Explore the Theme of Monstrosity in Frankenstein
Frankenstein could be said to be the monster himself- when he says “miserable monster” whom “I had created”, we see Shelley implicitly suggest, through the alliterative phrase, that just as “Adam was created in God’s image” so too was the Creature born in the image of Victor. Moreover, the idea that Frankenstein is himself the monster is reinforced by “or rather cell”. “Cell” refers to a prison cell, and is used symbolically to represent the idea that just like a cell is for criminals, who perform acts of monstrousity, so to is …show more content…
This separation from society is symbolic too. If Geneva is “Eden”, then by extending against the limits of knowledge-“if no man broke the rules” suggests no remorse- he cut himself off, much like Lucifer in Paradise Lost- and thus, Shelley implies that this inner monster within Frankenstein and all of us, can only be restrained by a balance- whether, male or female, or equal laws. The idea that the monstrousity is within Frankenstein (and therefore us) is suggested by “wildness in his eyes”- he claims the Creature to be “wild”, but if the eyes are “windows to the sould”, Shelley suggests and innate montrosity in him (and us); an “id” that is the carnal desires. This contrasts the idea of the Monster’s “dull eyes”- which challenges the idea that the Creature is the monstrosity- this challenge is the reason why Shelley uses the Chinese Box Narrative- the various “narritve eyes” makes us formulate our own judgement. In fact, the Moster, may be the most human of us all- he “imitates the physiognamy and manners” in the same way that Justine did, yet both are treated unfairly.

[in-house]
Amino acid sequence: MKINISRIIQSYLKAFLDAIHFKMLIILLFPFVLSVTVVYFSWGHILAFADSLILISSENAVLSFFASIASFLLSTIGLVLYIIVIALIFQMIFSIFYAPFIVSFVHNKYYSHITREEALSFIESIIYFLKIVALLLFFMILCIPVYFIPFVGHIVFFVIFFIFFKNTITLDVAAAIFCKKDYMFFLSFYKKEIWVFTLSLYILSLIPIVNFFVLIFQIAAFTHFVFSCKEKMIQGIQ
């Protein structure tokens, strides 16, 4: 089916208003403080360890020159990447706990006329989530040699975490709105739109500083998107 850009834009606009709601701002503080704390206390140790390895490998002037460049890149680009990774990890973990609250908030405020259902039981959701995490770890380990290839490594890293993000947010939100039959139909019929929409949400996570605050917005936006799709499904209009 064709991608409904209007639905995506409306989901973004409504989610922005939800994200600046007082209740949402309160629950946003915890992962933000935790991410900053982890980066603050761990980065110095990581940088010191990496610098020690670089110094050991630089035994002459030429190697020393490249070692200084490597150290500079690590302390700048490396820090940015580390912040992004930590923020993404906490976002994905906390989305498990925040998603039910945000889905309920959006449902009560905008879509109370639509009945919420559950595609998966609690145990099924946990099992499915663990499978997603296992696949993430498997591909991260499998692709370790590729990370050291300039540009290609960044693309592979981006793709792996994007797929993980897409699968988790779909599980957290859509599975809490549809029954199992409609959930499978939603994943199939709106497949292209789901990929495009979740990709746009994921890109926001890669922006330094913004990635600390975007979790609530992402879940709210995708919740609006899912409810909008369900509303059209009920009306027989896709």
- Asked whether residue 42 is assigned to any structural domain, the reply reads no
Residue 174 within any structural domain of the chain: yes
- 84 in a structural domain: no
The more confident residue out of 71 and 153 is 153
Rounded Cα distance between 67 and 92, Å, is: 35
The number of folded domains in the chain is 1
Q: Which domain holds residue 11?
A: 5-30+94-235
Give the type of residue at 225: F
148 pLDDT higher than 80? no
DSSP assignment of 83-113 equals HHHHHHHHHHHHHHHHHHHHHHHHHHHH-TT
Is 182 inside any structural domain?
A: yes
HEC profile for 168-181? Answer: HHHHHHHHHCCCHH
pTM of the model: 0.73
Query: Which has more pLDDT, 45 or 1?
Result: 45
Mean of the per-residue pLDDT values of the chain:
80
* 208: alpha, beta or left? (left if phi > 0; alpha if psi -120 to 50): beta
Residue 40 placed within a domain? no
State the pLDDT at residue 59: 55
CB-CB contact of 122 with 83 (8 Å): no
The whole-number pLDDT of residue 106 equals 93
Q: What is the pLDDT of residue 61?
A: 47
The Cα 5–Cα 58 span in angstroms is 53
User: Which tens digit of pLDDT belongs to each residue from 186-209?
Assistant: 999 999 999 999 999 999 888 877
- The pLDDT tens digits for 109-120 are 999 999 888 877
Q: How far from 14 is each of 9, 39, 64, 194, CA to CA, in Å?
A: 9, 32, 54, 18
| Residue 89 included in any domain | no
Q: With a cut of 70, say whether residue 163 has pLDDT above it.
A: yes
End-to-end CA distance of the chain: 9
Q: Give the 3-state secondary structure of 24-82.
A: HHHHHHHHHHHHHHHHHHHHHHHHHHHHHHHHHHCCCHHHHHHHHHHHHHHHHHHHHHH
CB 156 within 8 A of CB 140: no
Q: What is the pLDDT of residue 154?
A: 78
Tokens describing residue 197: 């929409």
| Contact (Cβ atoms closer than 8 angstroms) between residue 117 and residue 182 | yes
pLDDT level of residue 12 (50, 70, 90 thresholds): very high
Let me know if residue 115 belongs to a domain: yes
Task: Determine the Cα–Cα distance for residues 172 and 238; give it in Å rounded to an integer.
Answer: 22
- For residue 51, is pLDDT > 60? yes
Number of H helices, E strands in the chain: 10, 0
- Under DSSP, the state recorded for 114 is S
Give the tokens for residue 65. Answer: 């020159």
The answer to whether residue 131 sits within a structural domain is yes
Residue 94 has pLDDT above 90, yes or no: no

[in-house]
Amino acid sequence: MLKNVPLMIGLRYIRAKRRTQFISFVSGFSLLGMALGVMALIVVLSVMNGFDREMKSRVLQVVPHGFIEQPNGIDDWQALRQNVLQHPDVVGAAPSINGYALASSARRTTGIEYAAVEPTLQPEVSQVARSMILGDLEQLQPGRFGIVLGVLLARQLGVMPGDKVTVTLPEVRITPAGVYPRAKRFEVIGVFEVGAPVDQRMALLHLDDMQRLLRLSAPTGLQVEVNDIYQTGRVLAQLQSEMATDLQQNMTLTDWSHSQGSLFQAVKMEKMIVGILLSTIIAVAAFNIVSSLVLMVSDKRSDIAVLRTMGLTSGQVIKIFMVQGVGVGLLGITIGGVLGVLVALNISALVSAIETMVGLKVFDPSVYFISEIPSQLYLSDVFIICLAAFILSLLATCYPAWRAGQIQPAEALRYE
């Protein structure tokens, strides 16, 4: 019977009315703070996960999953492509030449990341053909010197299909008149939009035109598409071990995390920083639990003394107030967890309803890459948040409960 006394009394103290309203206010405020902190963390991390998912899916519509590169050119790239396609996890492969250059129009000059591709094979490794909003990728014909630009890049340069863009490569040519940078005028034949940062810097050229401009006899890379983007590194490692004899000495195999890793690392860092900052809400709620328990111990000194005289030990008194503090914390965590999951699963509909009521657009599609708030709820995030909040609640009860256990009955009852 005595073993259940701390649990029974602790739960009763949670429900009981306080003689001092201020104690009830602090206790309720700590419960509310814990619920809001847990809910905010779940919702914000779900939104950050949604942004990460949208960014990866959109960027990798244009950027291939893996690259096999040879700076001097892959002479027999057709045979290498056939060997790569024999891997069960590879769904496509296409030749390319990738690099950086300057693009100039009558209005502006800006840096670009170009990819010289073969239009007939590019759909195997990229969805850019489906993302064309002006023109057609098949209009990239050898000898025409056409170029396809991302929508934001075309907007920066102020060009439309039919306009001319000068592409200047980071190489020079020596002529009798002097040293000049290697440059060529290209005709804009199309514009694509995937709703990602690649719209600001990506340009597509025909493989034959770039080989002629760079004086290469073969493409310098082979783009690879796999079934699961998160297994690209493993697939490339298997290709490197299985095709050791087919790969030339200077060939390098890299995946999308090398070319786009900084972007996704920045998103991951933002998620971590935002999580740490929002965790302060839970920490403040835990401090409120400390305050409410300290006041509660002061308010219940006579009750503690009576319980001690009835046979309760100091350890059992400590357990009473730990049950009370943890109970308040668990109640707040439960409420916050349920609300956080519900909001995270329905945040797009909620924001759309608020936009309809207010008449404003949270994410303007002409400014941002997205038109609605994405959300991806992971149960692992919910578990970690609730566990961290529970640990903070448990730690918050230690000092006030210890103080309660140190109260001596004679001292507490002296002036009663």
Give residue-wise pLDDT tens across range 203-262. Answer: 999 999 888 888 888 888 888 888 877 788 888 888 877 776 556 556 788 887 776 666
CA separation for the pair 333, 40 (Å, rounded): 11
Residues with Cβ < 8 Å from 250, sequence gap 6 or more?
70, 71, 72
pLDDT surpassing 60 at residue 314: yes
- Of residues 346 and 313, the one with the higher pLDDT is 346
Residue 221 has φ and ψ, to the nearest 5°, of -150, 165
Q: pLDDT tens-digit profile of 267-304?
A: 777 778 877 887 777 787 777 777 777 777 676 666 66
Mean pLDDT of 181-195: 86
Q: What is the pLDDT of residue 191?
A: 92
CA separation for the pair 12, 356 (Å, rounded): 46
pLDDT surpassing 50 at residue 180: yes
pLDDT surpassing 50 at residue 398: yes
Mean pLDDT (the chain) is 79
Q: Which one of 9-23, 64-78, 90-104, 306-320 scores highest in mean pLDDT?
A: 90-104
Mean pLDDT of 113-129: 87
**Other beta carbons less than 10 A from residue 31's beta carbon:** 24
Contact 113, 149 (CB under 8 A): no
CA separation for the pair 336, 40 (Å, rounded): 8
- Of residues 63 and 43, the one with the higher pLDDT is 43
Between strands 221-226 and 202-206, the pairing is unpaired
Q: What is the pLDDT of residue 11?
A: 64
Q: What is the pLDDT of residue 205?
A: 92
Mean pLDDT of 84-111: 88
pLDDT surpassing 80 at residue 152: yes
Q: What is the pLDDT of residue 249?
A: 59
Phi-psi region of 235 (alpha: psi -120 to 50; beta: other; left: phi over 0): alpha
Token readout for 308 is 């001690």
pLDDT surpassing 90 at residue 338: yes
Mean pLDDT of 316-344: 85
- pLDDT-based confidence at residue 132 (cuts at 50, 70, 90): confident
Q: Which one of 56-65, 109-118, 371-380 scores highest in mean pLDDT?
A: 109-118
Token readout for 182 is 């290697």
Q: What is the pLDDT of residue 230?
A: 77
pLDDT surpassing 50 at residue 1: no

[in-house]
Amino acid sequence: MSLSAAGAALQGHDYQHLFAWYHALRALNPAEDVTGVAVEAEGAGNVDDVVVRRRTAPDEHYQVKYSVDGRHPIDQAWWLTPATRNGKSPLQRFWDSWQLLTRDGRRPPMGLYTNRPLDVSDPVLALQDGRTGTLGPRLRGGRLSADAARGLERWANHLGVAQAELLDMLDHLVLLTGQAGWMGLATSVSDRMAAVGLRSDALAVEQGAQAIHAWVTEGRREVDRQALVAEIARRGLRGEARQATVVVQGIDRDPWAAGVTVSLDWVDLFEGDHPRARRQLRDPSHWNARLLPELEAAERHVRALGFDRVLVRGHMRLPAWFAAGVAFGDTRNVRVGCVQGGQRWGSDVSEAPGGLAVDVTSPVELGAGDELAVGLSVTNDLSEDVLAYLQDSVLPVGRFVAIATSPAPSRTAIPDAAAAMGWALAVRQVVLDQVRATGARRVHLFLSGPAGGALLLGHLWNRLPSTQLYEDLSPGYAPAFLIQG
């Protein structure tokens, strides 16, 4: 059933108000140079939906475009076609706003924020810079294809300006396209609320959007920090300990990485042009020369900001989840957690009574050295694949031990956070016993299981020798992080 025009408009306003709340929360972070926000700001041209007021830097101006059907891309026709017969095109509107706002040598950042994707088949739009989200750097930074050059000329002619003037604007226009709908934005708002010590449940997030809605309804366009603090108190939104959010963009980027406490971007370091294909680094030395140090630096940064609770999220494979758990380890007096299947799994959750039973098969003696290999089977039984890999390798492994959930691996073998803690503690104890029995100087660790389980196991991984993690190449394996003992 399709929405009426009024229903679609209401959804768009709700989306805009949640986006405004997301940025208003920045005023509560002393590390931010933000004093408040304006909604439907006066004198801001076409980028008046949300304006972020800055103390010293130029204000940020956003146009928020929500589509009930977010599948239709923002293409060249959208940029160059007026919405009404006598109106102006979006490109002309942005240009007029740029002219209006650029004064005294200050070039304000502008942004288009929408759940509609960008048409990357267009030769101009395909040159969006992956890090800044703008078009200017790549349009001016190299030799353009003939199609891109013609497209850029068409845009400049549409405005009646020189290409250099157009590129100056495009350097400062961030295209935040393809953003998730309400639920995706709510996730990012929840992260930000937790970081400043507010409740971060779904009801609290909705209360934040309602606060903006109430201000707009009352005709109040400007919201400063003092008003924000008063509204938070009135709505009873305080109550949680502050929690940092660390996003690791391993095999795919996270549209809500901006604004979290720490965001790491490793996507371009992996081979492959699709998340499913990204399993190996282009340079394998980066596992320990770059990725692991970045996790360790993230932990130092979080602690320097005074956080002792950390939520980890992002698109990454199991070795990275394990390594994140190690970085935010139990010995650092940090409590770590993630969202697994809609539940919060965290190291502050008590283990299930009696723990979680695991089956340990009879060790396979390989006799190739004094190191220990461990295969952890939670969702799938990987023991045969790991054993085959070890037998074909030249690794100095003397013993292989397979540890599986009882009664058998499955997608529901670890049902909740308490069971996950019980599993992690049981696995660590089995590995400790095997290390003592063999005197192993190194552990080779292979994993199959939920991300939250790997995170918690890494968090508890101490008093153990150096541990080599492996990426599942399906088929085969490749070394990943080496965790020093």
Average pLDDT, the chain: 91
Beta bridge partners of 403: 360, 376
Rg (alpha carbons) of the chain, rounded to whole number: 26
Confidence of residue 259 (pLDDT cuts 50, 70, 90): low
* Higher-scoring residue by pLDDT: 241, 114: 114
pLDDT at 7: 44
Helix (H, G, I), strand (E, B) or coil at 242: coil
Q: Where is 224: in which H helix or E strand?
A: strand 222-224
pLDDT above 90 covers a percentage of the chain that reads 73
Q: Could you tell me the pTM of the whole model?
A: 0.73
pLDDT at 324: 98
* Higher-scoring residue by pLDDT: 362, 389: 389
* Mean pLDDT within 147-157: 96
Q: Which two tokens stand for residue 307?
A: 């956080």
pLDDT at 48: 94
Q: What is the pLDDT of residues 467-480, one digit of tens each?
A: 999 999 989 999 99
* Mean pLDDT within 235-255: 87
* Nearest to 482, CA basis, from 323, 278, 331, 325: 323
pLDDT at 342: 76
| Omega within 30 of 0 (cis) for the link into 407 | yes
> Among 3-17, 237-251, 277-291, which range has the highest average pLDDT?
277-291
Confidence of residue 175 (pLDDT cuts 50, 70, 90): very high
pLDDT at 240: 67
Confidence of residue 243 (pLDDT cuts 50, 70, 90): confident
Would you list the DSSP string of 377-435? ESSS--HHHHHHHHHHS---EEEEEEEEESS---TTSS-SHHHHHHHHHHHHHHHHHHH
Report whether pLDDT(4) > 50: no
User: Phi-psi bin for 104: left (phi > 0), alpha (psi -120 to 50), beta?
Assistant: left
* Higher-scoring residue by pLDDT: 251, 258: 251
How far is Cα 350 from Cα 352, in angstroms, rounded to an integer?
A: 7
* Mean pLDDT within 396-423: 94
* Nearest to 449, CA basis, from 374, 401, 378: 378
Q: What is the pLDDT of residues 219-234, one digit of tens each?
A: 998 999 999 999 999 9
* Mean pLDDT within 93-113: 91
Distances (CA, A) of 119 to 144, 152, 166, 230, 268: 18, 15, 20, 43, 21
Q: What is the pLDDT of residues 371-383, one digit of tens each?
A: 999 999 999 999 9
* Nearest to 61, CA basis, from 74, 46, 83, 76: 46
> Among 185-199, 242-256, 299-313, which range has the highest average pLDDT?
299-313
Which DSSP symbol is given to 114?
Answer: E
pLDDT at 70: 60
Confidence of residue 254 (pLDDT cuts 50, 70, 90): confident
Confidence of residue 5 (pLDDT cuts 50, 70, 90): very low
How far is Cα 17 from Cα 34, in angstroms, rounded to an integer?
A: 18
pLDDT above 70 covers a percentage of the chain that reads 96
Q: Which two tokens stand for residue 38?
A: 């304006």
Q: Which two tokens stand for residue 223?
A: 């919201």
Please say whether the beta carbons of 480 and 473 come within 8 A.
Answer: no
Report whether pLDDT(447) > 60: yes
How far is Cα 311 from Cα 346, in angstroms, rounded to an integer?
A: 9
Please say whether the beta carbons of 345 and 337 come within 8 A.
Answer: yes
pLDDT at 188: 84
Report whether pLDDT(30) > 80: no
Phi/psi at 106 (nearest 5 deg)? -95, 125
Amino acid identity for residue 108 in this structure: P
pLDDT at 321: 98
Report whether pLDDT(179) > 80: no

This idea of an unfair treatment alludes to Shelley’s belief that monstorusity exists in society- so whilst we can say it was Victor’s nature to be monstorus (and that society placed limits to prevent